I'm climbing a set of steps covered in red carpet. I'm not walking up them, but crawling on my hands and knees. I peek over the top step and look down what seems like an endless hallway. From the decorations, wallpaper and furniture it looks like I'm in an old hotel or castle. Standing in the distance in the middle of the hallway is a tall shadowy figure. He's looking the other way, so he doesn't see me. I run from the steps into the hall and hide behind a table or desk that's against the wall on the right hand side of the hall. I'm scared. I lean forward and peek around the edge of the desk. The shadow man sees me. He starts to walk towards me. I duck back and curl into a ball. I'm terrified. I wait. I listen. He has to be close now. But then I wake up.
The dream always plays out just like that. Nothing has ever been added or taken away. This brings up the question: Is this dream actually a memory? Did I have an encounter with a shadow person at a very young age? Is my unconscious mind reminding me of this memory, and if so, why?
Is it possible reoccurring dreams are memories from our early childhood? I ask in order to get a discussion started. Maybe you or someone you know has had a disturbing dream that has haunted them for years. Share your stories or thoughts in the comments. Maybe these thoughts and ideas will lead us to new discoveries or answers to the unknown. That is why I always ask the question "what if," even if the question seems to be completely insane. Answers to great mysteries don't come easy and they are never simple. The more outlandish and "insane" our thoughts are about the subject, the sooner we'll stumble on an idea leading to the answer.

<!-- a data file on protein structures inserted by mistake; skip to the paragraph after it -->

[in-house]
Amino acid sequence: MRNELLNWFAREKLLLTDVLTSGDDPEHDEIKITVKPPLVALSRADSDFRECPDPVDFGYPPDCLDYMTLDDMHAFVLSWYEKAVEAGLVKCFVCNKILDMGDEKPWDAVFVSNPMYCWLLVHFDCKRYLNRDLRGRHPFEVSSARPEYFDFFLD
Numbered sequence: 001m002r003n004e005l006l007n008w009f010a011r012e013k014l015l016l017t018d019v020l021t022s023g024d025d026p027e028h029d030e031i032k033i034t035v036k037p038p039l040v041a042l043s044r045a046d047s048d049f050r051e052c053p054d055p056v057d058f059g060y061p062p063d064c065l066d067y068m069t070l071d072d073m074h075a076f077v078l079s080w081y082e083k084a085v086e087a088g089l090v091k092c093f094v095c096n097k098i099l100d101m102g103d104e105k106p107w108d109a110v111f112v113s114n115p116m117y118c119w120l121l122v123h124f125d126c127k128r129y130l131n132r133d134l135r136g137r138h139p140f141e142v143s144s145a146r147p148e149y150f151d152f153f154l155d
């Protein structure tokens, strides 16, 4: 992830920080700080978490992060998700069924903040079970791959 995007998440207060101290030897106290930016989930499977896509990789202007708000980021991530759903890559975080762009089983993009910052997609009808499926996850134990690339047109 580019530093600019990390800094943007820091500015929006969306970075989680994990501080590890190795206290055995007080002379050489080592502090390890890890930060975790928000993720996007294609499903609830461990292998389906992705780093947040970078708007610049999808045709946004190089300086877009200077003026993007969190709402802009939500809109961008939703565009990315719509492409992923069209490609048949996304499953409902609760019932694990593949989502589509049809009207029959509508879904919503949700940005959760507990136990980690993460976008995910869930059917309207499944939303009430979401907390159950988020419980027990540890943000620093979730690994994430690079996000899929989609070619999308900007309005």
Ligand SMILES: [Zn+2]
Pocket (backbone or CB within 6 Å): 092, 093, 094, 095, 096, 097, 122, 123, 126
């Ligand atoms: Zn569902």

Have a "WHAT IF?" you'd like to share? Send me an email. I'd love to hear it. Click on the Contact link to get in touch with me.
* Here's an article about Childhood Amnesia: LINK
Patrick H.T. Doyle
Being out in the middle of nowhere for an extended amount of time gives me time to think. My mind wanders, jumping from thoughts about current theories in the paranormal to new ideas in the hopes of discovering the truth about what we're encountering. These are some of those ideas.